For the July blog series, we asked some of Boston's greatest thought leaders to speak on a particularly complicated (but relevant) subject: tracking, targeting, and privacy. Their responses were surprising, fascinating, and applicable - and we think you'll find this series quite interesting! This post is by Chris Emme. Chris is the VP, East Coast for RadiumOne, an innovative digital media company that harnesses social interaction data through its own first party products and delivers audience scale for today's Intelligent Web. In this role, Chris is responsible for all Sales, Marketing, and Operations functions for the NY, Atlanta, Dallas and Boston offices. He works with senior leadership at all major agencies and brands across the East Coast and Southwest to bring innovative media opportunities for their digital marketing objectives. He has grown the team, revenue and regional presence from the ground up and has been a digital media devotee for over 14 years. He is an avid tri-athlete and new father to his son, Tyler.
Via.me/ChrisEmme @chrisemme Linkedin.com/in/cemme About.me/chrisemme
I rarely speak to people outside our [digital media] industry about the details of what I do. The reason I don’t is that when I get to the part about how consumer data is collected to target ads more effectively, their eyes get really wide and I can see a wave of anxiety come over them. No matter how many times I say that only non PII (Personally Identifiable Information) is collected and that the data is used to deliver targeted/relevant messages to them which about things they may be interested in, it doesn’t matter. Their mind is already in a place thinking about what they posted, commented on, shared, surfed or searched and they’re wondering what “they” know about him.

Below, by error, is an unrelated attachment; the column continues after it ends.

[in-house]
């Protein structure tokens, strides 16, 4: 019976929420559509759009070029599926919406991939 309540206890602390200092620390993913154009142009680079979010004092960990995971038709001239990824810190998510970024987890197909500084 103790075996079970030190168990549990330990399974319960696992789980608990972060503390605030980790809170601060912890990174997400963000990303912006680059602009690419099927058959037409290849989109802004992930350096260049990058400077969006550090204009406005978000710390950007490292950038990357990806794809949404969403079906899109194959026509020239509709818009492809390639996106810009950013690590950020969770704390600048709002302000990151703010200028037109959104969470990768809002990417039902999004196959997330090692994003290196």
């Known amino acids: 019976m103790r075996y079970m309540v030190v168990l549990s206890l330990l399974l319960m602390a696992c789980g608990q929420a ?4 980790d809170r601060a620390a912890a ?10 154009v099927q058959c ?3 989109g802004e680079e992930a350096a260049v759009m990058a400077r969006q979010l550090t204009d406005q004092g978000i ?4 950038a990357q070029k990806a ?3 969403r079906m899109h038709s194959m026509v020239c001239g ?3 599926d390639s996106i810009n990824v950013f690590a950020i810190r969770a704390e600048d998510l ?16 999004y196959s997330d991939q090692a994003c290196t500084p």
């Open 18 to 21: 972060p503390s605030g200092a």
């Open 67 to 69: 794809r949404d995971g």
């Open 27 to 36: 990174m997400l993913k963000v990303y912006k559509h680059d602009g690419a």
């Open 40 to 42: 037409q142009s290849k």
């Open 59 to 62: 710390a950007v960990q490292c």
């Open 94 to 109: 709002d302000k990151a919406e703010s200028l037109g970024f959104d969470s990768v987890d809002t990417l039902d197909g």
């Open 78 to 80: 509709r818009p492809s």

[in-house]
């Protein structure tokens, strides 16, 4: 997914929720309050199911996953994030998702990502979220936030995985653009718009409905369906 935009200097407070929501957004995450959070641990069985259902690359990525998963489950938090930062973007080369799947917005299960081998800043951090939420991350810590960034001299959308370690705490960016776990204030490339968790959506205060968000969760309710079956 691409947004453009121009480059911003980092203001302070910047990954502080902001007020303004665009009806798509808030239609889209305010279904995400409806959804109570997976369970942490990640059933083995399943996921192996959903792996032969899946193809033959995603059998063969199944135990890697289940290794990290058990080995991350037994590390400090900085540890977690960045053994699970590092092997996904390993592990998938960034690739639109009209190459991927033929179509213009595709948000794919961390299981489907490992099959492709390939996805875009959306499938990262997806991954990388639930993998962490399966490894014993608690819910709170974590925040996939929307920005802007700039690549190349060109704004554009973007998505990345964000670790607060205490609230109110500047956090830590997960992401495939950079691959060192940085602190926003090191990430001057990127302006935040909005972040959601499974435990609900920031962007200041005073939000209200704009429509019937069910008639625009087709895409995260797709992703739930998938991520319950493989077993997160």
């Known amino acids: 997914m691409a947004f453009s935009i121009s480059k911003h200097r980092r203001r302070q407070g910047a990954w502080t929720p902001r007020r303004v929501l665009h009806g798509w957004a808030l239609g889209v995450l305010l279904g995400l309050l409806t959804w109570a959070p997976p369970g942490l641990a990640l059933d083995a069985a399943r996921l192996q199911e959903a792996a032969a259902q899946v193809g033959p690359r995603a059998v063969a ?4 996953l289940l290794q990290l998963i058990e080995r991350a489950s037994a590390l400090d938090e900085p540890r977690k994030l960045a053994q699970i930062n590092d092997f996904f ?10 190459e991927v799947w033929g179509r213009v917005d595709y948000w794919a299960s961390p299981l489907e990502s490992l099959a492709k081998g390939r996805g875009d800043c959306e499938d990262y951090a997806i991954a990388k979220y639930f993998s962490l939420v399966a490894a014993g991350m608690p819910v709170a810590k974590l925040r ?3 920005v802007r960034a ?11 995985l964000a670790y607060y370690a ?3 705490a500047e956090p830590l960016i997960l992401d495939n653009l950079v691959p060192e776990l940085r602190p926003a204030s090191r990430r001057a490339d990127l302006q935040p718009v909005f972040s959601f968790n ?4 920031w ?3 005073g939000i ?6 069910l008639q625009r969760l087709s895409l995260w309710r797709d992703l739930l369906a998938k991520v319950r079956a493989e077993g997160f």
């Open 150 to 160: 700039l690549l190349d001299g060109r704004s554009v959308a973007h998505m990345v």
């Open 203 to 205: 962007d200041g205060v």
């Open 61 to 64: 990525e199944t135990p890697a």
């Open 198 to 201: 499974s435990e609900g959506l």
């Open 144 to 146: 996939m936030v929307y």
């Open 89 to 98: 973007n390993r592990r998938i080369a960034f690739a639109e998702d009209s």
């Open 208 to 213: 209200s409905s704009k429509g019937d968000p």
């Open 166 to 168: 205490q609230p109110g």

Privacy is important – you heard it here first – but education and understanding is much more important, not only for the general public but also, for marketers.
Big Data is buzzword du jour and, like many terms in our industry; it has been beaten to death and widely misunderstood.
Big Data is not about collecting the largest amount of data, but how that data is understood that is most effective for identifying audiences, targeting and delivering relevant messages.
There is a lot of “noise” out on the InternetP: so much content is being created, consumed, shared, commented on, searched for, and surfed than ever before. In fact, more of this “big data” has been created in the last decade than in the last 200 years combined!
For marketers, it’s crucial to understand the Signal to Noise ratio – this is the science of tuning into the pieces of data that have the highest value and tuning out the irrelevant “noise” that surrounds us online. A brand’s customers are online constantly sending these “signals” about their interests and their intent. They are doing this through the terms they search for, the pages they surf and the content they share. Being able to tune only into the valuable pieces of data allows brands to target an audience that is truly in their purchase funnel.
When we do this, it makes all the “noise” online irrelevant as we are only focusing on the important data signals and utilizing these pieces of information to target and deliver the right ad to the right audience.
Now, marketers don’t have to be concerned about leveraging the right data if they focus on the signal and avoid the noise. And my friend doesn’t have to worry about personal privacy, because only the relevant signals he sends are being heard, and all the other “stuff” is just noise; and nobody is listening to that anyway.